Fidel Castro & the Cuban Revolution
Fidel Castro & the Cuban Revolution
Saturday, December 31, 2016
© 2016 Robert C. Laycock
A Blog by
Typewriter courtesy of Alan Seaver
Cuba Provides Free Medical Education
Cuba trains foreign medical students free of charge — including students from the United States. The Latin American Medical School (ELAM) opened in Havana in 1999 and is accredited by the World Health Organization. Scholarships include full tuition, books, dormitory housing, three meals per day, and a stipend running a little under $4 a day. The course of study runs 6 years. People of color, women and low-income persons are especially encouraged to apply.
All students trained at ELAM are expected to commit to serving communities and countries that lack adequate medical care. U.S. students on scholarship must commit to practicing in minority and low-income income communities in the United States, or as an alternative they can serve on one of Cuba's medical teams working around the world.
Upon graduation, U.S. students returning home must pass a series of U.S. Medical Licensing Exams (USLME) before they can practice here. They must also complete a residency program here.
The following videos describe this work including extensive interviews with participating students.
This brief video just posted by teleSUR English in November 2016 presents a brief overview of Cuba's free medical education program — now up to 80,000 graduates internationally.
This report was broadcast by MSNBC.
This report was produced by Russia's RT Network.
Extended interviews with U.S. students studying medicine in Cuba (part 1 of 2).
Extended interviews with U.S. students studying medicine in Cuba (part 2 of 2).
Cuba & the U.S. Black Community
The 1959 revolution in Cuba took place as the Civil Rights struggle in the United States was heating up. A cornerstone of the Cuban Revolution was a head-on assault against racism in that country. It was a huge inspiration to U.S. Blacks that the revolution was able to overthrow the privileged and mostly white Cuban ruling class, and with it U.S. domination of the island. Fidel Castro and his movement were heroes. They demonstrated that victory is possible.
In September 1960 Fidel came to New York City to speak before the UN General Assembly. Tensions were building between Cuba and United States, so Cuba found itself harassed and ultimately evicted from its rooms at the Hotel Shelburne in downtown Manhattan.
The delegation then received and accepted an invitation to stay at the Hotel Theresa in the heart of the Black community in Harlem. The U.S. government was horrified at the prospect that the Cubans and Black community would rub shoulders and find common cause. Suddenly hotels in New York were tripping over themselves with offers to welcome the Cuban delegation back downtown, some for free. Cuba declined.
Fidel described the experience while addressing the General Assembly on September 26, 1960.
When we were forced to leave one of the hotels in this city, and came to the United National Headquarters while efforts were being made to find accommodation for us, a hotel, a humble hotel of this city, a Negro hotel in Harlem, offered to rent us rooms. The reply came when we were speaking to the Secretary General.
Nevertheless, an official of the State Department did all in his power to prevent our staying at that hotel. At that moment, as though by magic, hotels began appearing all over New York. Hotels which had previously refused lodgings to the Cuban delegation offered us rooms, even free of charge. Out of simple reciprocity we accepted the Harlem hotel. We felt then that we had earned the right to be left in peace. But peace was not accorded us.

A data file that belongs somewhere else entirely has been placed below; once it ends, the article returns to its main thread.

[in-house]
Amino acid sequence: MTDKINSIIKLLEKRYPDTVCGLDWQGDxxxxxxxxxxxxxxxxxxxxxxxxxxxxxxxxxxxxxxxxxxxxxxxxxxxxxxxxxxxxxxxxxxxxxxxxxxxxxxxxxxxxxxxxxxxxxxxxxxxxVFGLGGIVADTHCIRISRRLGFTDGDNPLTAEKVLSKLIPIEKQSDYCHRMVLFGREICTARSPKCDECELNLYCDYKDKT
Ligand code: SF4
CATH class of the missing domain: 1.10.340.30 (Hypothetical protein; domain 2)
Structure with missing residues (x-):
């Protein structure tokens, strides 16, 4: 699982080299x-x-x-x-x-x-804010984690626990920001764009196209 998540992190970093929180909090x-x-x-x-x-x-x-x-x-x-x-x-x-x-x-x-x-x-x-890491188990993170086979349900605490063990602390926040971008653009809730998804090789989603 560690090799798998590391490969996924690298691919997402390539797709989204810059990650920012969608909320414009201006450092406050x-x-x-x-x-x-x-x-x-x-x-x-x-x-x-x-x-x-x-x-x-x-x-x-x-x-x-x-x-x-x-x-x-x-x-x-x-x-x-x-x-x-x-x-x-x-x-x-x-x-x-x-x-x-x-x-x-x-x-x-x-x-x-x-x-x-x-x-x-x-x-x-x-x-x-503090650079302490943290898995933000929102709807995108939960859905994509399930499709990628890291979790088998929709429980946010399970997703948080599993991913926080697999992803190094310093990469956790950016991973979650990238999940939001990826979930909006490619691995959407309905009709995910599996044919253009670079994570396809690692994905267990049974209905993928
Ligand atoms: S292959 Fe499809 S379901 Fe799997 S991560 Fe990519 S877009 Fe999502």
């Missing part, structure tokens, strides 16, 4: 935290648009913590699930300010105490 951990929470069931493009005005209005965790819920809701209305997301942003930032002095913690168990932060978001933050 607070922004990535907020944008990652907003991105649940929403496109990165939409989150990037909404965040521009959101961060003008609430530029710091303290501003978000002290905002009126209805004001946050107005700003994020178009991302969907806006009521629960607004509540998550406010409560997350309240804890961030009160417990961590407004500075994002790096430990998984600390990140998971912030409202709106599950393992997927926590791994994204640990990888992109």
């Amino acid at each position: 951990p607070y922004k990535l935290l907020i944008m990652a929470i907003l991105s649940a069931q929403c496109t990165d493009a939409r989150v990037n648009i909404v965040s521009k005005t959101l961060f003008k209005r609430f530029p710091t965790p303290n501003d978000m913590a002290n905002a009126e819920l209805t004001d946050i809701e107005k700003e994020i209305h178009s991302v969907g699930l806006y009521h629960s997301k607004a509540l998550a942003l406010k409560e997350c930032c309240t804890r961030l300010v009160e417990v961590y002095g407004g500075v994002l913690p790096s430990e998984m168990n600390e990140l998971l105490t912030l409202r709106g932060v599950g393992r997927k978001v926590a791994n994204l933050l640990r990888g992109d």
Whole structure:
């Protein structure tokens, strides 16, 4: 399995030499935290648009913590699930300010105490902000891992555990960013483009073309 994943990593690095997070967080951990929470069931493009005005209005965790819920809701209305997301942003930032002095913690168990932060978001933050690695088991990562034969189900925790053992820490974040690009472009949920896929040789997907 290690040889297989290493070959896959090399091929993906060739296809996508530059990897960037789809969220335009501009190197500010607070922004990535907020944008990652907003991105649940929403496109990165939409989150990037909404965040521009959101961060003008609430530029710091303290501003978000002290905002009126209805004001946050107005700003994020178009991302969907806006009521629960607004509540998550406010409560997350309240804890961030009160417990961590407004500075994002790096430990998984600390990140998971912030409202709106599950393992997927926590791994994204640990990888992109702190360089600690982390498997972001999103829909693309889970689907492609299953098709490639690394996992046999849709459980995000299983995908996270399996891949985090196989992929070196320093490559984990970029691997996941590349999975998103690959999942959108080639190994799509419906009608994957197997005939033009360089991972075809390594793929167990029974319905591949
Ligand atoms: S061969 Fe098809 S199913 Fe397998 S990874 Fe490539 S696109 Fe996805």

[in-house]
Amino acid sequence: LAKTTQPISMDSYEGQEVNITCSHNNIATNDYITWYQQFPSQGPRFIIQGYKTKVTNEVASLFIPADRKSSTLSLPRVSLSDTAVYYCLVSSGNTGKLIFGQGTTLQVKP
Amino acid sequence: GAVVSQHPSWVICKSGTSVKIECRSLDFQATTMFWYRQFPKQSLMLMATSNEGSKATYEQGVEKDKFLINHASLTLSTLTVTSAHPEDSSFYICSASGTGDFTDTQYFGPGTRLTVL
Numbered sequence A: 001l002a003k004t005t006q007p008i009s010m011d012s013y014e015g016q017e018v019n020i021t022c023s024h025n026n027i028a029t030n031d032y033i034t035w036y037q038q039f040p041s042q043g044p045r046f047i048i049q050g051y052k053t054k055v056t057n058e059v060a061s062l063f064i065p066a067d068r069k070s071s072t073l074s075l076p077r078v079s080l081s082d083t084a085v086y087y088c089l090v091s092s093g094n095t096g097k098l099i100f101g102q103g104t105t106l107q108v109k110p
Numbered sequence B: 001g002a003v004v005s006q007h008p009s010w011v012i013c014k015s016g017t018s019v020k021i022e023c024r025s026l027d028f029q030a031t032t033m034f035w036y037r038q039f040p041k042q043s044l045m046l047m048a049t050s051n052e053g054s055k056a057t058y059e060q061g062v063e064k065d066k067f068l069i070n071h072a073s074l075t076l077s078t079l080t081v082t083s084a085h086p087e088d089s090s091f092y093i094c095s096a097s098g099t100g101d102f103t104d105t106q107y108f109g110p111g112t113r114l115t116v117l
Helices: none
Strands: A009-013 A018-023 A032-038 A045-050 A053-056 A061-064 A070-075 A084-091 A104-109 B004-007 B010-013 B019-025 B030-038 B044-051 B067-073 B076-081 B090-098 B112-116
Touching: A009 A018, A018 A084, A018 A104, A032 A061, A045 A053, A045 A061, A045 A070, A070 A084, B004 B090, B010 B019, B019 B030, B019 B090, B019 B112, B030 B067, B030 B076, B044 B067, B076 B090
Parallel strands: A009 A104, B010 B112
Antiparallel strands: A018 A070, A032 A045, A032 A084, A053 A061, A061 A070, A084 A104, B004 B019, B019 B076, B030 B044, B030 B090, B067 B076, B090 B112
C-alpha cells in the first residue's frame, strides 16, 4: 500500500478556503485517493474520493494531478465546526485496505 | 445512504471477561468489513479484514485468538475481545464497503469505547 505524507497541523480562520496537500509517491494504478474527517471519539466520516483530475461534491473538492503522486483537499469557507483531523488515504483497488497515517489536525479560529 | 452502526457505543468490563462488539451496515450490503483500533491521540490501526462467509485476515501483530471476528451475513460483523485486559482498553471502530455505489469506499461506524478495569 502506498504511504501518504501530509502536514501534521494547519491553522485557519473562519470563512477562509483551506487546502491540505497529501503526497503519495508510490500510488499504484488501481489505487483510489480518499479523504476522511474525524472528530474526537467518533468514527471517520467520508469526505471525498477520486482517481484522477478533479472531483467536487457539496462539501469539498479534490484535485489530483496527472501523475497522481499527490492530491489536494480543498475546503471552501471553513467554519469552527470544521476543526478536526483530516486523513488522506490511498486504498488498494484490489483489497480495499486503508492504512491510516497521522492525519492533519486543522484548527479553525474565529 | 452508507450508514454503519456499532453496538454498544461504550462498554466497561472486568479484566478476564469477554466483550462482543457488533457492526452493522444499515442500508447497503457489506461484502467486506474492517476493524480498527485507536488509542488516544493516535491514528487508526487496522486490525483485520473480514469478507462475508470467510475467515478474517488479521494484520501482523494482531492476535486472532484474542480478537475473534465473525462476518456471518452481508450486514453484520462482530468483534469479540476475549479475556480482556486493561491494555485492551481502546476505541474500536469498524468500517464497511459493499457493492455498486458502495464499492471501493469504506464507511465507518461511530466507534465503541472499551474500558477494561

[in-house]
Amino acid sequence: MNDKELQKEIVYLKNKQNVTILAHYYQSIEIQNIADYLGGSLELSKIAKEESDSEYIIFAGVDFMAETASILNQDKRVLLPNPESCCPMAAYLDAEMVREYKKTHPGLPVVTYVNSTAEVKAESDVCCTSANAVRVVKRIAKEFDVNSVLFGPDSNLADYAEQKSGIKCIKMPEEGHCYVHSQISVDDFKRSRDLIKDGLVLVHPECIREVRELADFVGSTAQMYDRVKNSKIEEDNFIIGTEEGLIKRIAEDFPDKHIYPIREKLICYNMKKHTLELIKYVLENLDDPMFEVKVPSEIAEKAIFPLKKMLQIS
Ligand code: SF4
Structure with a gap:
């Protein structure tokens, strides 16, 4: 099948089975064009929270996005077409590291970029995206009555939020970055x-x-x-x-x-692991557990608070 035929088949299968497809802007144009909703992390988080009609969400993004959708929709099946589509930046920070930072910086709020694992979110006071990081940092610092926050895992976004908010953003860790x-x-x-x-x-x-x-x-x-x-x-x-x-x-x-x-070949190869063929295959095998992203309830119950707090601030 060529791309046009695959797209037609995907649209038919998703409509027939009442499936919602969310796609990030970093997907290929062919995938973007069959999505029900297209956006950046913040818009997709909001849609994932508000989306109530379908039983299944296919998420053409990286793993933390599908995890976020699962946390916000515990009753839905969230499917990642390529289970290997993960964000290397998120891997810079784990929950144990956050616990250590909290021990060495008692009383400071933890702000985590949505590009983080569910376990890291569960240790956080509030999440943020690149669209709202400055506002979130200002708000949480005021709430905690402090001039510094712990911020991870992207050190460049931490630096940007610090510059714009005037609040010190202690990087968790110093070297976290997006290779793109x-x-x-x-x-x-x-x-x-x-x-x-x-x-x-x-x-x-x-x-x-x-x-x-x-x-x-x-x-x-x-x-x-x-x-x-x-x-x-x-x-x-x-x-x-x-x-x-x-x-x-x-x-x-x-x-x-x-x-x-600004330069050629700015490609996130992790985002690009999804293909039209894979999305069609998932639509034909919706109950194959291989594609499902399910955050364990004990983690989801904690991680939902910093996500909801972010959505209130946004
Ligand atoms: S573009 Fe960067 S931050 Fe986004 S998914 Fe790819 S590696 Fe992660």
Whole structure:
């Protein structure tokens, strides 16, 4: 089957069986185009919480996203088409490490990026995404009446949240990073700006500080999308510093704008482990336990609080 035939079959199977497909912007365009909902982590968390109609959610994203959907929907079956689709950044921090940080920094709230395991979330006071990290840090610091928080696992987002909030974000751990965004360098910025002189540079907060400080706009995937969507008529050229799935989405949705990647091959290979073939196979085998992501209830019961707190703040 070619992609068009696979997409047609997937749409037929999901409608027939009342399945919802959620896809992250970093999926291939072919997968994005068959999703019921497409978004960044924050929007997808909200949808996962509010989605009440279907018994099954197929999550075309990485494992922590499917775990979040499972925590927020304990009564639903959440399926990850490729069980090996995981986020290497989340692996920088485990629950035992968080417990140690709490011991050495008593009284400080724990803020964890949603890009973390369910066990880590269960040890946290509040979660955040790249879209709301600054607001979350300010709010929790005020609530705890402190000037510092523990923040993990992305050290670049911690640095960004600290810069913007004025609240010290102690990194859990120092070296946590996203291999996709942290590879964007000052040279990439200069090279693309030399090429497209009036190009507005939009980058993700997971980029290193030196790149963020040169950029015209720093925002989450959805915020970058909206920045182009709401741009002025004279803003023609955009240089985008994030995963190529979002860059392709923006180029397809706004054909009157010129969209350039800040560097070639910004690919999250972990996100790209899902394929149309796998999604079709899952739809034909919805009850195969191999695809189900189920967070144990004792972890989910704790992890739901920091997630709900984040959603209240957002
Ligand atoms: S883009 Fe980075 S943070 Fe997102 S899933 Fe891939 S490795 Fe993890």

Once in Harlem, since it was impossible to prevent us from living there, the slander and defamation campaigns began. They began spreading the news all over the world that the Cuban delegation had lodged in a brothel. For some humble hotel in Harlem, a hotel inhabited by Negroes of the United States, must obviously be a brothel.
To make matters worse, from the perspective of U.S. government, Fidel and his delegation held meetings with many people while staying at the Hotel Theresa — including Malcolm X ( picture at CBS.com). This was utterly intolerable!
In the end U.S. fears were realized. The Cubans and Black community did realize their common cause. Malcolm X and the Black community saw clearly that Cuba was a solid ally. The Militant newspaper quoted Malcolm X as saying, "Premier Castro has come out against lynching, which is more than President Eisenhower has done. Castro has also taken a more open stand for civil rights for Black Cubans." The same Militant article reprints a description of the meeting that appeared in the New York Citizen-Call on September 24, 1960.
This meeting, followed by a strong condemnation of racism by Fidel before the General Assembly, cemented a relationship between the U.S. Black community and Cuba that continues today.
In 1995 Fidel returned to New York to again address the United Nations. While in New York he returned to Harlem and spoke to a full house at the Abyssinian Baptist Church where he received a wildly enthusiastic reception. He made note that before coming to speak at Harlem he changed back into his military fatigues after wearing a business suit at the UN.
His entire speech in Harlem can be seen in the next 8 videos.
This video combines footage showing portions of Fidel's time in New York in 1960.
Fidel Castro speaks in Harlem, 1995 (Part 1 of 8)
Fidel Castro speaks in Harlem, 1995 (Part 2 of 8)
Fidel Castro speaks in Harlem, 1995 (Part 3 of 8)
Fidel Castro speaks in Harlem, 1995 (Part 4 of 8)
Fidel Castro speaks in Harlem, 1995 (Part 5 of 8)
Fidel Castro speaks in Harlem, 1995 (Part 6 of 8)
Fidel Castro speaks in Harlem, 1995 (Part 7 of 8)
Fidel Castro speaks in Harlem, 1995 (Part 8 of 8)
Continued on Page 3